Oil oversupply inspires tactical trade
LONDON (Reuters) - Oil supply is likely to exceed demand for around two years barring any unexpected economic upturn and the best trading strategy is to be short near-term when prices will dip below $70, a London-based fund manager said.
Patrick Armstrong of Armstrong Investment Managers predicted U.S. crude would fall below $70 a barrel by the end of the month, while gold could extend its bull run to reach $1,300 this year.
U.S. crude has traded in a roughly $70-$85 range for most of this year and on Thursday hovered around $74, pressured by record levels of U.S. fuel inventories.
The obvious trading strategy for Armstrong was to be short near term, but to take longer positions further along the curve.
"The no brainer trade is to be short front month and long further out," he said.
"We have put on a significant short on the front month oil index and gone long four months out, rolling to the fifth month contract."
By the front-month oil index, he was referring to the S&P GSCI .SPGSCI basket of commodities, which is heavily weighted towards oil, and whose reliance on rolling positions from the front month to the second most prompt month has been challenged by a stubborn contango in the oil markets.
Contango, whereby oil for near-term delivery is cheaper than more distant contracts, is a function of oversupply and its persistence has drawn claims of super-contango, including from Armstrong.
"Any time it's costing you 2 percent a month to roll that qualifies as super-contango."
To roll contracts further along the curve is cheaper and the relative strength of less prompt oil implies an eventual recovery in demand to mop up surplus supplies. That will take time unless there is unexpected economic growth to drive fuel consumption.
"It will be a couple of years before demand outstrips supply," Armstrong said.
"There's very little in the way of fundamentals to support near-term oil prices where they are now."
The impact of oversupply would continue to be exaggerated at the front end of the curve, also referred to as spot.
"We expect on days when oil rallies, the entire curve will shift up, and on days of weakness it will be more pronounced at spot prices. We expect weakness in spot by month end, but we would not be surprised to see July 2014 stay in the $85 per barrel level."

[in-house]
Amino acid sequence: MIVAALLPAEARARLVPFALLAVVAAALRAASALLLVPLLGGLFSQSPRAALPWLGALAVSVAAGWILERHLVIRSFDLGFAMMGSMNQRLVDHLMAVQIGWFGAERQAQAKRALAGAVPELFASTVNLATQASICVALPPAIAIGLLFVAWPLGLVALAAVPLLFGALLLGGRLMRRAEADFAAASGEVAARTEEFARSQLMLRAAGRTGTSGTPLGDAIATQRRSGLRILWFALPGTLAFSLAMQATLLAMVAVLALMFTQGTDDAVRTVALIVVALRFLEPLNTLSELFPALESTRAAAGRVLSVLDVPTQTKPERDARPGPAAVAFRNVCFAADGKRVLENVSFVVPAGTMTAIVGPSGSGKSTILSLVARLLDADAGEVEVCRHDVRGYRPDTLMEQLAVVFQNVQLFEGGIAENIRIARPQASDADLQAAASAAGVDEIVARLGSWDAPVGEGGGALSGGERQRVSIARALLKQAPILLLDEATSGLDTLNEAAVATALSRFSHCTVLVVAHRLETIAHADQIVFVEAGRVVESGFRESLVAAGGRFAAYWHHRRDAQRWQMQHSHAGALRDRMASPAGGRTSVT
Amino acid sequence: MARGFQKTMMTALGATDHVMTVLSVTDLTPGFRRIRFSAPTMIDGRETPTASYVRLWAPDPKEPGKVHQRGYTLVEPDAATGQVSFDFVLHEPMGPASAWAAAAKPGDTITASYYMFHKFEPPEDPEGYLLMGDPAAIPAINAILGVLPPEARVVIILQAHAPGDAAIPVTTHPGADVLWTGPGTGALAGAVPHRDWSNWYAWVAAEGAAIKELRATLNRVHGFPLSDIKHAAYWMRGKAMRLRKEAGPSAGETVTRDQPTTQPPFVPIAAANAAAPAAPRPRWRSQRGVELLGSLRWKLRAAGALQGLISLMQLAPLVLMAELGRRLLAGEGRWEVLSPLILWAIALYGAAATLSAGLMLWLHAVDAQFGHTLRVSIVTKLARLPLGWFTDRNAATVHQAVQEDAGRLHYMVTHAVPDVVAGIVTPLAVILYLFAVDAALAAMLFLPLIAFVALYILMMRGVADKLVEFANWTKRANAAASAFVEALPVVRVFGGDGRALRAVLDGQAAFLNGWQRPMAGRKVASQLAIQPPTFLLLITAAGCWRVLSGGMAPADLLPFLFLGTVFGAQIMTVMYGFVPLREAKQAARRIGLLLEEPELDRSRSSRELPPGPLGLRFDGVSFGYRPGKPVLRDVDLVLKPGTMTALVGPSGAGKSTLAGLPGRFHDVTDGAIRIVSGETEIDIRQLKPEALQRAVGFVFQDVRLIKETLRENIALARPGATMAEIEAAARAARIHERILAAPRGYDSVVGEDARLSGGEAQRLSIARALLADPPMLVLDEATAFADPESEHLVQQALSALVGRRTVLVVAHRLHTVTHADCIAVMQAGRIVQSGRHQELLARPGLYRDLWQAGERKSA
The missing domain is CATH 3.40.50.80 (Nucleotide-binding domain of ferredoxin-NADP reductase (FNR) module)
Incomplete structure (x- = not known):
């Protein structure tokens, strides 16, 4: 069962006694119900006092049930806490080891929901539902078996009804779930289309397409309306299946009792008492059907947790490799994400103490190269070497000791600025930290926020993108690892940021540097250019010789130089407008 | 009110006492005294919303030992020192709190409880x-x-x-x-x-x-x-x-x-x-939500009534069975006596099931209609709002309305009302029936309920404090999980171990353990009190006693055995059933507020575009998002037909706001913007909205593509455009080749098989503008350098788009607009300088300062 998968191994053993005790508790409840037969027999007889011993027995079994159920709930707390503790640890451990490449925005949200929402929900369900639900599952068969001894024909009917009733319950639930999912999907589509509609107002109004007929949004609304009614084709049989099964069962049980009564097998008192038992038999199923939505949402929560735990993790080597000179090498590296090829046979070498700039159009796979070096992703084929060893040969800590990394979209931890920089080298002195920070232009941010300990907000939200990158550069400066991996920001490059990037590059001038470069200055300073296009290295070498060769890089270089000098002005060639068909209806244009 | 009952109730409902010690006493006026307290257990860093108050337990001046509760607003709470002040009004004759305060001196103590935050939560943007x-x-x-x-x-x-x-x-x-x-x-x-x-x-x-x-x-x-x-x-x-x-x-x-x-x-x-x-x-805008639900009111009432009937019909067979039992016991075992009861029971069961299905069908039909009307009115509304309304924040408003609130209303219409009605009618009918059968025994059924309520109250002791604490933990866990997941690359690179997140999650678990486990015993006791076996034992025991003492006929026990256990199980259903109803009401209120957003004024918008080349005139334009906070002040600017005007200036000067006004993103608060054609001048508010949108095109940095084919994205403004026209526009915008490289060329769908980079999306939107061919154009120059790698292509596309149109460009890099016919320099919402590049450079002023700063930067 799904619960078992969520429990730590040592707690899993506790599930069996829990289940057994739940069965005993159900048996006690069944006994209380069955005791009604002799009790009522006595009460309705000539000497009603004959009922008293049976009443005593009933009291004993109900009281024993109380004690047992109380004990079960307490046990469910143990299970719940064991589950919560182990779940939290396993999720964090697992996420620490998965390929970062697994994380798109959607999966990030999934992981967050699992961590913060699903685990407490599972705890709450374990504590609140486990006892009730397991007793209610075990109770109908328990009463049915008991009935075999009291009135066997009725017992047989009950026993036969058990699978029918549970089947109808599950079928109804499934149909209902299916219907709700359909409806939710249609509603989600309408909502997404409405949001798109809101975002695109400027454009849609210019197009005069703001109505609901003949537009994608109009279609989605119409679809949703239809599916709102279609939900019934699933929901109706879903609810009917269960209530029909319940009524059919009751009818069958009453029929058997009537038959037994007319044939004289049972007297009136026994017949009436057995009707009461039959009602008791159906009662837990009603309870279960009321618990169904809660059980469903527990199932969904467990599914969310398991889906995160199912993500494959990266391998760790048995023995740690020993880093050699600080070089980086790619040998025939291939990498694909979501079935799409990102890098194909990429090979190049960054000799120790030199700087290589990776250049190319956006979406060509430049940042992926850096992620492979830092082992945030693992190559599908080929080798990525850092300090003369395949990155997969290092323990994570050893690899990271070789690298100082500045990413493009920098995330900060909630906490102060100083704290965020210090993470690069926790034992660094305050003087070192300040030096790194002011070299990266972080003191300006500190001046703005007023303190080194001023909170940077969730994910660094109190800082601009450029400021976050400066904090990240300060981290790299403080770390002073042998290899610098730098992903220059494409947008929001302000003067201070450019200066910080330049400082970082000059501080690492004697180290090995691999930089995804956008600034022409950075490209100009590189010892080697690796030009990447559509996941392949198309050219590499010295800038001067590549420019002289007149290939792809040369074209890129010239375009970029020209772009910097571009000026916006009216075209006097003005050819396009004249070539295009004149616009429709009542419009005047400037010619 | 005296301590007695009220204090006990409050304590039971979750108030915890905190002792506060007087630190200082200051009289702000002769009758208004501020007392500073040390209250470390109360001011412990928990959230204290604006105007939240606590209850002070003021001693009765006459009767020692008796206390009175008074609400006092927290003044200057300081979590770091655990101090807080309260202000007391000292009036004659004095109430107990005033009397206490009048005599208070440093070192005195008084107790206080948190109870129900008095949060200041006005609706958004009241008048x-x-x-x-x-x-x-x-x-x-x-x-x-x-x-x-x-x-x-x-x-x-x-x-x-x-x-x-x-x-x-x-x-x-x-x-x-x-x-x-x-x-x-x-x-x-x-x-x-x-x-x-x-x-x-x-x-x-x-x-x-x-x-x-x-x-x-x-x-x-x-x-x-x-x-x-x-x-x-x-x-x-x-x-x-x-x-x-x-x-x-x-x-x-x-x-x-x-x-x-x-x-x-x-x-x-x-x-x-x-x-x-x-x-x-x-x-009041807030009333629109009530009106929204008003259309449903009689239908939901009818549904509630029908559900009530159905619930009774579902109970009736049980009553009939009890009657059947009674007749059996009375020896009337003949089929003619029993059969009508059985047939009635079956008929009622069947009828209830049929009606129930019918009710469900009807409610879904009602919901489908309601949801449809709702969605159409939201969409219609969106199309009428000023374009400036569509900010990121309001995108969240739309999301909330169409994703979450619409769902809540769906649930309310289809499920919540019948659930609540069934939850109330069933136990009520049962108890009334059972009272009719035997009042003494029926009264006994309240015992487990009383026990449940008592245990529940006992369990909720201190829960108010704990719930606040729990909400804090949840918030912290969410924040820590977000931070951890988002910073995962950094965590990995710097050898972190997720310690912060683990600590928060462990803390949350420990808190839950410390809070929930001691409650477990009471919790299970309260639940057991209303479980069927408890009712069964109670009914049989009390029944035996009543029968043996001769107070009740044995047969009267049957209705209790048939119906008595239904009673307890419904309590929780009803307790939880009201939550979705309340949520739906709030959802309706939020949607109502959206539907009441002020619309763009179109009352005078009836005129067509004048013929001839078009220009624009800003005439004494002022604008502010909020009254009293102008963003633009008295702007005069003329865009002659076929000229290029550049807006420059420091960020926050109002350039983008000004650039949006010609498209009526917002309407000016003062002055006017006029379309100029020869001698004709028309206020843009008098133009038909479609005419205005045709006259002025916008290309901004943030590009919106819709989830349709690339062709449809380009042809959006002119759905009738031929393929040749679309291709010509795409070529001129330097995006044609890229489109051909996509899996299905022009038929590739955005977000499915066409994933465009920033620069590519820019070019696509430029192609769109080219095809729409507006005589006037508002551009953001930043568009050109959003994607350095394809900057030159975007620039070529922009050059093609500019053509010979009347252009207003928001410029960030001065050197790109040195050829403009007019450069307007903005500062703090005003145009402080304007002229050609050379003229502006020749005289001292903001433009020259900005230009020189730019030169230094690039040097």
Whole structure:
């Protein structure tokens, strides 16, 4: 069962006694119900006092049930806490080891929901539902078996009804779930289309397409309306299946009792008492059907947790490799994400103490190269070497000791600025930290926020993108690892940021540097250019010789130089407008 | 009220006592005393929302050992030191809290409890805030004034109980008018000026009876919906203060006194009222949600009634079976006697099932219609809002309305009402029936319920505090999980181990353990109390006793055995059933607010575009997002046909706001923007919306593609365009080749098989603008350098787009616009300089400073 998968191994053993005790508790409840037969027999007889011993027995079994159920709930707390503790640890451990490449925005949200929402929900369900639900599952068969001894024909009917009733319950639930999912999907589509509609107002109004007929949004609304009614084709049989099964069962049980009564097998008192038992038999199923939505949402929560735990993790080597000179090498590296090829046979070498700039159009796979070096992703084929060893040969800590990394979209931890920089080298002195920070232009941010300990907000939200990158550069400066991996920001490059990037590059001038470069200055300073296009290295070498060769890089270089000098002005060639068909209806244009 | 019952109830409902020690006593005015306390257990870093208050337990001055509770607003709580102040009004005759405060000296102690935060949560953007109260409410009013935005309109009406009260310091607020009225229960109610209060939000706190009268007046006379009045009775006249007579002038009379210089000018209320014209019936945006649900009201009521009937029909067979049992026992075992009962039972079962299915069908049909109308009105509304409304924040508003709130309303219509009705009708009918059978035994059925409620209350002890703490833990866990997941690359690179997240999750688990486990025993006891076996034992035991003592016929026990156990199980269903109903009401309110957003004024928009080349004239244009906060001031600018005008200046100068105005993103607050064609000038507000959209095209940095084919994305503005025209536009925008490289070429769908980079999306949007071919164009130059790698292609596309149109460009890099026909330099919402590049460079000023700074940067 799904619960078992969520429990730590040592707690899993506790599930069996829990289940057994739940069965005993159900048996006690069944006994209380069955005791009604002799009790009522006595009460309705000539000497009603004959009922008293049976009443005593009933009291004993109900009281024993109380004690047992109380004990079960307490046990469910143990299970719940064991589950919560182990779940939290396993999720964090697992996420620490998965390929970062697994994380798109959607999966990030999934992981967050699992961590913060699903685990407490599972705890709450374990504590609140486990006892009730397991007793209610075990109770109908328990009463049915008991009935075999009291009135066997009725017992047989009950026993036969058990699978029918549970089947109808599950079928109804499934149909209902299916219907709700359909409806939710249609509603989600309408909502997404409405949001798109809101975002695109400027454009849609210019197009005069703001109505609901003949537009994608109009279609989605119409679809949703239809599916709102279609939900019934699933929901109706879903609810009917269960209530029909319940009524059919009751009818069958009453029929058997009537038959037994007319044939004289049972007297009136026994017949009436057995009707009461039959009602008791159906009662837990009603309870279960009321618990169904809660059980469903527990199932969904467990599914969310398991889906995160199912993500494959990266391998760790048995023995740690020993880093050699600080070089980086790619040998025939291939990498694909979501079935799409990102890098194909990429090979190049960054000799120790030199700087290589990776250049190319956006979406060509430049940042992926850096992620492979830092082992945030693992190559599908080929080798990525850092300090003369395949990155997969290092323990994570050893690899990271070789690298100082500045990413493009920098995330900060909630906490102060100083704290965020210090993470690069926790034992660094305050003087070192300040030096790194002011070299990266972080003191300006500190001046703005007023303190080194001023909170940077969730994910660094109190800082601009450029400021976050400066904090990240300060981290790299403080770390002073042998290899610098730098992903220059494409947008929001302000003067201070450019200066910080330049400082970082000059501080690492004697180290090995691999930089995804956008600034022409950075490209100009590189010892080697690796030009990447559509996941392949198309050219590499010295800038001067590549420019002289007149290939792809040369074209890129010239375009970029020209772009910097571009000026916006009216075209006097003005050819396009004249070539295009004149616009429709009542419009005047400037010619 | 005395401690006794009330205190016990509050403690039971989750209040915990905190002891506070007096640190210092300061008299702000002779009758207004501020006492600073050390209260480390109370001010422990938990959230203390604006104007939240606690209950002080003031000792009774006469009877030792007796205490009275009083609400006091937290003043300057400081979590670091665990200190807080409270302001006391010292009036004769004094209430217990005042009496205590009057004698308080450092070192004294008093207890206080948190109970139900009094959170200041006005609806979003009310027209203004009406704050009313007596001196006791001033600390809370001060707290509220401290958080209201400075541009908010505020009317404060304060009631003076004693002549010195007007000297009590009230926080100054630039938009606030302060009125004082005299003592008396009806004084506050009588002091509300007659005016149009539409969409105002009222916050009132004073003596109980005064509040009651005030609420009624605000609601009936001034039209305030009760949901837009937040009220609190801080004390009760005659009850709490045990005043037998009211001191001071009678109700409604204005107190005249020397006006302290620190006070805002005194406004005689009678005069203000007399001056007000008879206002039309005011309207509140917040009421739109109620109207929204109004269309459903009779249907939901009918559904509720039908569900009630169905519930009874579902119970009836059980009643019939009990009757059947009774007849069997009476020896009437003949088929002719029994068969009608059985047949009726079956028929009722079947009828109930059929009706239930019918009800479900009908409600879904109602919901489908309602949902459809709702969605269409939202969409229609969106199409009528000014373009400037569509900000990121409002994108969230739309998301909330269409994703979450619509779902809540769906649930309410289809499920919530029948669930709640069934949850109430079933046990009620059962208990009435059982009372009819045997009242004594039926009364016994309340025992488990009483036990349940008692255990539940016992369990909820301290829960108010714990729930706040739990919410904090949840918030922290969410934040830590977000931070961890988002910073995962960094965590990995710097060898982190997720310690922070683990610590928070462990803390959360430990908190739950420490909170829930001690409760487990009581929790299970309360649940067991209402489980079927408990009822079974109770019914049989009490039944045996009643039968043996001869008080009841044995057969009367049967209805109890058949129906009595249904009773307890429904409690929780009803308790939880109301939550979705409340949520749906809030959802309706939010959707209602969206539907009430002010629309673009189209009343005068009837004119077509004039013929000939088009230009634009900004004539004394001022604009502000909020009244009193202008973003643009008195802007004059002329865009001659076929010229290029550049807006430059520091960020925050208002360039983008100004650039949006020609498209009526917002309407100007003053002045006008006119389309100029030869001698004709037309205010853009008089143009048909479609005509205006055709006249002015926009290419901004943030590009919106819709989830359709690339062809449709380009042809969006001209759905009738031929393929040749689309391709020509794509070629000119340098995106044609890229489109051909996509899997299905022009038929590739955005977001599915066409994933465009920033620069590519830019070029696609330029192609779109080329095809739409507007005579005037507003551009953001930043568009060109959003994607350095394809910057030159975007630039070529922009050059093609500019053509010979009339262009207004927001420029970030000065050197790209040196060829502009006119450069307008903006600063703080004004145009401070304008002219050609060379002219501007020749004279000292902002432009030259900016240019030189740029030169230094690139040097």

The net impact of long and short positions is that Armstrong's portfolio of $350 million in assets under management has zero percent invested in oil.
Precious metals make up around 8 percent of the portfolio.
Gold is already trading well above $1,200 an ounce after hitting a record of $1,264.90 in June.
It has some upside potential, Armstrong said, on the grounds a struggling U.S. economy will have to resort to further economic stimulus, with consequences of a weakened U.S. dollar and upward pressure on inflation, although that might not be significant until around 2020.
"The real value of gold in a portfolio context is the potential U.S. dollar crisis, which we think is a significant possibility," he said.
Agricultural commodities have also delivered strong returns, with U.S. wheat gaining more than 25 percent so far this year, and make up just under 2 percent of the Armstrong portfolio.
Prices sprinted in July when worries about Russia's worst drought in more than a century swept through benchmark grain markets.
"We're happy with 2 percent right now. We're very bullish on agricultural commodities long term. Short term, it's run up quite a lot," he said.
(Additional reporting by Veronica Brown; editing by Keiron Henderson)
- Tweet this
- Share this
- Digg this